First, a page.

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Cell duplication

Posted on 2005-05-15
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How does Cell Duplication work?

I don't get how a mass can just be created; where does it originate from? As mass is proportional to it's energy, and we all know that you can't just create energy .. I'm really confused about this how thing. Please enlighten me. :-)

Rob.
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Question by:InteractiveMind
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ID: 14006905
Cells have metabolism - they "eat and grow". The components to build the new cell are already present inside the first one and they're used up in the process. The combined mass of the new cells will equal the first one.
/RID
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Author Comment

ID: 14006921
So, if a single cell was to duplicate into 2, and those 2 were to duplicate into another 2, and so on; until there was (for example) 16 cells ... each one of those cells would equal one 16th of the first cell?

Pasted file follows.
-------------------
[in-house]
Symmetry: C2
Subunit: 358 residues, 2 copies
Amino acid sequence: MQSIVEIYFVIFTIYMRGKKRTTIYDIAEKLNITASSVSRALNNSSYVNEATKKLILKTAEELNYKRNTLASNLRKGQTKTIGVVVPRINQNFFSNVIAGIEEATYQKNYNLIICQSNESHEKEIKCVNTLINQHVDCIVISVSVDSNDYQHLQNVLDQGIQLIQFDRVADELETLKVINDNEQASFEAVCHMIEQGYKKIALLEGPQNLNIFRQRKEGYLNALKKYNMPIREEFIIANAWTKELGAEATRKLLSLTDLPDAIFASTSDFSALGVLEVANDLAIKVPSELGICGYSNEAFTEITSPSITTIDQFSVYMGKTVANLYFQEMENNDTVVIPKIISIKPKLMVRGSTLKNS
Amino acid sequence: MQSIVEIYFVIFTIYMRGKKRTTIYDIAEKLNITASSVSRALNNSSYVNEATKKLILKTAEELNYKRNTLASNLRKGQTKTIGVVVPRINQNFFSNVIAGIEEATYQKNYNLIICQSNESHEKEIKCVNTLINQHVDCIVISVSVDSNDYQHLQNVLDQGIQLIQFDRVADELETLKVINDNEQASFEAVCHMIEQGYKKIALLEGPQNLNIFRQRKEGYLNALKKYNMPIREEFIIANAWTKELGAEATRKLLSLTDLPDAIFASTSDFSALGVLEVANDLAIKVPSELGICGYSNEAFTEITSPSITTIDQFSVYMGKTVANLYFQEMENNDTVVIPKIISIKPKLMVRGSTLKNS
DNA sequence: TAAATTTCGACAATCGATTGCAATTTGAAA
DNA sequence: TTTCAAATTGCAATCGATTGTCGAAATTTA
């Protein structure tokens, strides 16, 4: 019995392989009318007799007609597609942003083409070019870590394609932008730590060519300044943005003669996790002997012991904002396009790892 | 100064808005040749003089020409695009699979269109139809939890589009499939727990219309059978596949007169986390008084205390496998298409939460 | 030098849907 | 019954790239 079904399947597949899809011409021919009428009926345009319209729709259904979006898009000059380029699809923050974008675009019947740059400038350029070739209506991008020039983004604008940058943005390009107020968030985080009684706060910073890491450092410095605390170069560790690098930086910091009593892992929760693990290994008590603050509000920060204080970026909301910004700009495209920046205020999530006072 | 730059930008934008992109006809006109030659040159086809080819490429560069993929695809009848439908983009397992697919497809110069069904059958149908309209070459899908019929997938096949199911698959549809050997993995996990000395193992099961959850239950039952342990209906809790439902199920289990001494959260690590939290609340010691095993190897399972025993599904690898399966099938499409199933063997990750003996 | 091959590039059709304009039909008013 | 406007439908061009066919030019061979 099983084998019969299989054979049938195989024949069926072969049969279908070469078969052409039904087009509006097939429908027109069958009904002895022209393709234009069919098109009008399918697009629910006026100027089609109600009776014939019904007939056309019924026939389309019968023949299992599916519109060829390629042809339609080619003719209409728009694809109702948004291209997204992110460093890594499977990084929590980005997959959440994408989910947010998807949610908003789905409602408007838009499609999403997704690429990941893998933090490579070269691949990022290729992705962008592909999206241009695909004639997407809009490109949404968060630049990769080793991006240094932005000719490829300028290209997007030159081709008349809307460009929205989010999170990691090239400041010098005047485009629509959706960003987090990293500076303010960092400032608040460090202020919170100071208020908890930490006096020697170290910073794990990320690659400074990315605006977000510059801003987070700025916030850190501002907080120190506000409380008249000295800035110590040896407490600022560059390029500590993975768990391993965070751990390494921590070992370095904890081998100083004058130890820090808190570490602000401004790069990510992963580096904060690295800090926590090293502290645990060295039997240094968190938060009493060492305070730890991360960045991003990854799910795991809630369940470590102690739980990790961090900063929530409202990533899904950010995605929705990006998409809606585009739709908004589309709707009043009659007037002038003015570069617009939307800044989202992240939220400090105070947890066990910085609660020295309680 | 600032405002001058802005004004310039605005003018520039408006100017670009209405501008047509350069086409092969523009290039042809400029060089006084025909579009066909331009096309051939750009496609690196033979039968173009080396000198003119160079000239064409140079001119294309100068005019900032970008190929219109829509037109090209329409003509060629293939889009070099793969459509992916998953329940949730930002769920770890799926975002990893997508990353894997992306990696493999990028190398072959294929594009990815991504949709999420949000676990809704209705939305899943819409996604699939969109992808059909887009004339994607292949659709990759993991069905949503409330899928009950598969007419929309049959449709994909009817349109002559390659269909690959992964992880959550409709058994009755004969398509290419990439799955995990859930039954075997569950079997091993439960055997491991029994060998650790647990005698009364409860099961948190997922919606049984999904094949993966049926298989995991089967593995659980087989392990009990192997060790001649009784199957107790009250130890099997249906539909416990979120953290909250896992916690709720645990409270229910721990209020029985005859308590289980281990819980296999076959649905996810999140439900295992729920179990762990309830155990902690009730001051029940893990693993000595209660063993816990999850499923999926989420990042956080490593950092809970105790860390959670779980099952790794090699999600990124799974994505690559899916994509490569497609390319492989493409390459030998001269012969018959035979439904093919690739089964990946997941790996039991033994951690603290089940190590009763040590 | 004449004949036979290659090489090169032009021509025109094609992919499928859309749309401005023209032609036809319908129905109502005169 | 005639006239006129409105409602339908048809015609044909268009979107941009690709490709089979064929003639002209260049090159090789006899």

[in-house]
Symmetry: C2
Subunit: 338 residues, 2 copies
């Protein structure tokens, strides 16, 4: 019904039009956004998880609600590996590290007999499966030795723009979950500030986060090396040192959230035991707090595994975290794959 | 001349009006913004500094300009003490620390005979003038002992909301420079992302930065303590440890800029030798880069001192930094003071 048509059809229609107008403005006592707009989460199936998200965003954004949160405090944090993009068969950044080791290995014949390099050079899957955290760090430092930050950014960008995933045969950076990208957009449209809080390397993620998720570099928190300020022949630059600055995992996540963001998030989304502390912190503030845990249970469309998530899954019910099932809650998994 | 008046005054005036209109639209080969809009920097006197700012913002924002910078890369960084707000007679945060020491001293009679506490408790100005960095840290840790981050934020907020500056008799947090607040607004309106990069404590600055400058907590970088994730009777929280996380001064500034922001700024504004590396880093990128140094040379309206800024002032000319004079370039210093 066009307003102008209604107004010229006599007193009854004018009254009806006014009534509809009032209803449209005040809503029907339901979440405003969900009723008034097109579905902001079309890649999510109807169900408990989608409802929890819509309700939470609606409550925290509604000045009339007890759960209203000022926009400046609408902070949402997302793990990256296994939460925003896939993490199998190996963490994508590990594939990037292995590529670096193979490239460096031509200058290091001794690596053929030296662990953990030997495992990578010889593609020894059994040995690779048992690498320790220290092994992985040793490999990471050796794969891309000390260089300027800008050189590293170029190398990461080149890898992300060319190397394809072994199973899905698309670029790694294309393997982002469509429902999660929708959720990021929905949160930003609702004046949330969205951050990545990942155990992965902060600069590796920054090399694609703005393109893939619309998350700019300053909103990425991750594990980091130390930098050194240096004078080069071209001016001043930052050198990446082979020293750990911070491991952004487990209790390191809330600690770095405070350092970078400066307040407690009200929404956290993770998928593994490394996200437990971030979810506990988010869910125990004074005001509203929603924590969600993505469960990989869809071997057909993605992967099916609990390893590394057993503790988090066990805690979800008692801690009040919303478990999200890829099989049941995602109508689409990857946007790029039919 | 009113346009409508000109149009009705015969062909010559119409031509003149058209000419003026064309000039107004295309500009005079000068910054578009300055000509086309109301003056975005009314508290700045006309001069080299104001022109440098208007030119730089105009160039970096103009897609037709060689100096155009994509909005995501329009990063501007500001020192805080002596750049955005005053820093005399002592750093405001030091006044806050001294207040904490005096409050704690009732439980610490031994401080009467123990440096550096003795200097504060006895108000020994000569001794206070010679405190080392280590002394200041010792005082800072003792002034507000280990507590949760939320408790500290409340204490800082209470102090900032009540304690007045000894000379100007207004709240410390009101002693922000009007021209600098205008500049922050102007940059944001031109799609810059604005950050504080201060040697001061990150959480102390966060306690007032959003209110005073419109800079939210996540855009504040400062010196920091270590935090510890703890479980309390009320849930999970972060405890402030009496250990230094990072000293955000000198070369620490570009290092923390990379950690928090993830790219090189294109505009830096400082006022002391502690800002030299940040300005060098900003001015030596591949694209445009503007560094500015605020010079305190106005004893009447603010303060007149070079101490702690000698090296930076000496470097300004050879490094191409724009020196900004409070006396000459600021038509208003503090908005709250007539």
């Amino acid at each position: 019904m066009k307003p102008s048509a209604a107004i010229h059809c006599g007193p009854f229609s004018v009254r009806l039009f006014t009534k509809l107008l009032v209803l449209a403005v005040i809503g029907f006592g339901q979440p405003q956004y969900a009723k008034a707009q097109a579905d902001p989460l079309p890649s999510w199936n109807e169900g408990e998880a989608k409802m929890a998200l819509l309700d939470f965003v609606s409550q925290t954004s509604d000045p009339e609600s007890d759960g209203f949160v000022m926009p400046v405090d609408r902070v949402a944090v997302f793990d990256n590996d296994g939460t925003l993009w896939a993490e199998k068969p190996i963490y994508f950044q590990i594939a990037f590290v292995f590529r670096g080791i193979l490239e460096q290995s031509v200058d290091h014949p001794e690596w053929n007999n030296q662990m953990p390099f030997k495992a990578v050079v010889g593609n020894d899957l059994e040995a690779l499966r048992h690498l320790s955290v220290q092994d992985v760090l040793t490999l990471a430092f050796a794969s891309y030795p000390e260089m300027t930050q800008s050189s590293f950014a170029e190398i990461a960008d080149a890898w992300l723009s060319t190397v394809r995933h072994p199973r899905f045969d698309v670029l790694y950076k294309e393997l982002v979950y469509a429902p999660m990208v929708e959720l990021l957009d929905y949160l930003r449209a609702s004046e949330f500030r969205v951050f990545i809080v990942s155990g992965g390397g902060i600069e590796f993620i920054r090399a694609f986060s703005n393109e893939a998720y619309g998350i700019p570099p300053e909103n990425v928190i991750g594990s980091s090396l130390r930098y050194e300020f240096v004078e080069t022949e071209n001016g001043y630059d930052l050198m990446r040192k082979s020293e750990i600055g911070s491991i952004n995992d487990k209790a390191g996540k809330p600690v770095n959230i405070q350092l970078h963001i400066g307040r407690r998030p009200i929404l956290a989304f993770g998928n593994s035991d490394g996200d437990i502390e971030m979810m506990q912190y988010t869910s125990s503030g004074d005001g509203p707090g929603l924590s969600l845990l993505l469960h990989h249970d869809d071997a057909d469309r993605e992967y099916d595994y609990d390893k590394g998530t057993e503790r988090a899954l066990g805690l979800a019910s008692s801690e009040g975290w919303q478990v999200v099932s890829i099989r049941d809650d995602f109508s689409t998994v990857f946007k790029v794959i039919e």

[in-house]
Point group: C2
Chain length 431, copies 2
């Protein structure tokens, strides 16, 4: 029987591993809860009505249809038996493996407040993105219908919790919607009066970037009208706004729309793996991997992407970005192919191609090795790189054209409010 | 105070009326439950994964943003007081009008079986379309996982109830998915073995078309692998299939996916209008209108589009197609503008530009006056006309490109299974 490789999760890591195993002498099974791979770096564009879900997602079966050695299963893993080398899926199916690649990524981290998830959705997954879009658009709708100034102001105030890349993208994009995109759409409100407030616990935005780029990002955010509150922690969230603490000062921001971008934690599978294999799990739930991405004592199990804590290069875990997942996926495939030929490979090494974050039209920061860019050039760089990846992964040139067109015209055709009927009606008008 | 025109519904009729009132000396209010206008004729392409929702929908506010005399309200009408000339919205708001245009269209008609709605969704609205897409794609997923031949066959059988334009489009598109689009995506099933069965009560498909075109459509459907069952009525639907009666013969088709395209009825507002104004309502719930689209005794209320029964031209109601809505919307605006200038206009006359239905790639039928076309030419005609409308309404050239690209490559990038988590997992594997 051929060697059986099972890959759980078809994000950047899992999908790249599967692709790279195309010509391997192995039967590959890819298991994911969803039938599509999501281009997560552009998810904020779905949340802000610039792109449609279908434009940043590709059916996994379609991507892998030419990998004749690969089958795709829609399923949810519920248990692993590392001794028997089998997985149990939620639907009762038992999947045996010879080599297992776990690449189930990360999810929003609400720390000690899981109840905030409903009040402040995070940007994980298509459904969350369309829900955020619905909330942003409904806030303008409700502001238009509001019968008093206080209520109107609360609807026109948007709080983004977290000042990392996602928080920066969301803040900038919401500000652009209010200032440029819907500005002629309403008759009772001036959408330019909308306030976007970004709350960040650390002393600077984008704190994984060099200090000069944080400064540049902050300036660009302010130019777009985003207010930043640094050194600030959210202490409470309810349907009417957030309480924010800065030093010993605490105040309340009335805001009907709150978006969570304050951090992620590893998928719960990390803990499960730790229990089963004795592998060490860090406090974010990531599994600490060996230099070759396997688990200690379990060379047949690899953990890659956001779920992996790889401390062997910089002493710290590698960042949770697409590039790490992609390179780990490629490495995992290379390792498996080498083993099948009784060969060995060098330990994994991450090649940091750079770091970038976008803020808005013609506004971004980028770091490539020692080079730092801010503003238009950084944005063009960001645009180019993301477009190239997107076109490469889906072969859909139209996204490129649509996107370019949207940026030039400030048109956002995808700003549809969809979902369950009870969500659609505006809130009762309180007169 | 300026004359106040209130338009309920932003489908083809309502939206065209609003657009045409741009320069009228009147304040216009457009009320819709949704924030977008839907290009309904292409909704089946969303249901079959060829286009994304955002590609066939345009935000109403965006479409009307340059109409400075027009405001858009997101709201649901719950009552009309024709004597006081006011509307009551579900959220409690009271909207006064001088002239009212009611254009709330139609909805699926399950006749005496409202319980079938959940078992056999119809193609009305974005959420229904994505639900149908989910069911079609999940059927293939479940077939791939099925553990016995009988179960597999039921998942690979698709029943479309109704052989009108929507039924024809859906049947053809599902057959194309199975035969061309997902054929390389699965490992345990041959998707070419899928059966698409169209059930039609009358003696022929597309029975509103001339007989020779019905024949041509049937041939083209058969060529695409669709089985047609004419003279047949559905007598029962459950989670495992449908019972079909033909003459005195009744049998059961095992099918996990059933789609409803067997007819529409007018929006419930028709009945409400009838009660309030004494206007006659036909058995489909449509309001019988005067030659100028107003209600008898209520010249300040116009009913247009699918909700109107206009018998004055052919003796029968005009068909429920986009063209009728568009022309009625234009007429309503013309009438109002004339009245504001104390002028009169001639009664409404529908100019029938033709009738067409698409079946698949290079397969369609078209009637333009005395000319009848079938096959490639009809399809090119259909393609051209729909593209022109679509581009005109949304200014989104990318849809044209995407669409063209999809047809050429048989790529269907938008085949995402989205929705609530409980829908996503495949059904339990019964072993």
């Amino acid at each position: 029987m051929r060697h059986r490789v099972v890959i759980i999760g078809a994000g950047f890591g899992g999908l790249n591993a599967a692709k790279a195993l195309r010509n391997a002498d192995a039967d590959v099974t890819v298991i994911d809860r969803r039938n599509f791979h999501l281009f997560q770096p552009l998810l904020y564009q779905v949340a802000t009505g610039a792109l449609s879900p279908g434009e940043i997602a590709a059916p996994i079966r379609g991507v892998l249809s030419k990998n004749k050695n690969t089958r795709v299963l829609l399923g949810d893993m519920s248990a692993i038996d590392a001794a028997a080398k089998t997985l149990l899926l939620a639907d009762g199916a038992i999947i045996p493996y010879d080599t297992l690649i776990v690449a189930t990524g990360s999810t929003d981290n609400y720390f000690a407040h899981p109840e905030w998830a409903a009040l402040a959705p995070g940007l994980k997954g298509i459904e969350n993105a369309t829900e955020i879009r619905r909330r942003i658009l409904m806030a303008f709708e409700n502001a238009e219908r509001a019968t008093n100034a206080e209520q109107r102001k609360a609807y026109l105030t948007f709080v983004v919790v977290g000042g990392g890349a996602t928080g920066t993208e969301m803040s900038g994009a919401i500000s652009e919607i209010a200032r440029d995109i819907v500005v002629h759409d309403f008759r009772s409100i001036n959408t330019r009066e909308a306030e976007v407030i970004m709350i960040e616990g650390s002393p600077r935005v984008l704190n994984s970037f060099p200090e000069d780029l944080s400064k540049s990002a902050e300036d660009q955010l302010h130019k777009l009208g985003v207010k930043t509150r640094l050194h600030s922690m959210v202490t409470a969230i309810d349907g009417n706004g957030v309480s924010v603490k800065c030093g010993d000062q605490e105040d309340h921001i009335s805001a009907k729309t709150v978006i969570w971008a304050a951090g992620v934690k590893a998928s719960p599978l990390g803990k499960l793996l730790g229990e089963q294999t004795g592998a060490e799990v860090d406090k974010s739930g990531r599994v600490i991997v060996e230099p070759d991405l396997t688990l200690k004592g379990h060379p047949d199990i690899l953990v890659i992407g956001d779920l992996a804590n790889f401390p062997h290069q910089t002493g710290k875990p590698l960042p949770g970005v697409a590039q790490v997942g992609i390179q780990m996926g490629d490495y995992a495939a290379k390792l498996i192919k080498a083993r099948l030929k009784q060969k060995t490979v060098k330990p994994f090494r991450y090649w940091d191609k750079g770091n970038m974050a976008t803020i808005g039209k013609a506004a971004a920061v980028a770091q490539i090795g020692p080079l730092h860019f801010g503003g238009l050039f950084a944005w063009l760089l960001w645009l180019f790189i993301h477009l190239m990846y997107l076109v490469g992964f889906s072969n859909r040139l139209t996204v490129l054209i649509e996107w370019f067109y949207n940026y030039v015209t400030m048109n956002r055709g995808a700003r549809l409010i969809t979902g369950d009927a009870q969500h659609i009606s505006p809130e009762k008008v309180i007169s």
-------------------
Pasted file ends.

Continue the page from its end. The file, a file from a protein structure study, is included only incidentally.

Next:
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rid earned 2000 total points
ID: 14006928
Well, probably not. The cells will sort of grow during the observation time, I gather. I think they need a functioning metabolism to duplicate, meaning they need to have access to whatever they use for "food" to be able to synthesize the building blocks of the new set of chromosomes etc etc that are created in the process.
/RID
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ID: 14006937
That makes sense. Thank you.  :-)
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ID: 14006998
My pleasure...
Cheers
/RID
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Expert Comment

ID: 14011278
>> So, if a single cell was to duplicate into 2, and those 2 were to duplicate into another 2, and so on; until there were
(for example) 16 cells ... each one of those cells would equal one 16th of the first cell?

Sometimes.  A chicken egg is a single cell.  When it's fully developed, the baby chick has millions of cells, but it still fits inside the shell.  This development takes place in a more or less closed environment.  The shell is permeable to gas an water vapor, but all the nutrients required are in the egg from the beginning.

RID's explanation is correct for single cell animals (like paramecea), and the later stages of embyonic development in mammals.
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ID: 14011593
Thank you, d-glitch.  :-)
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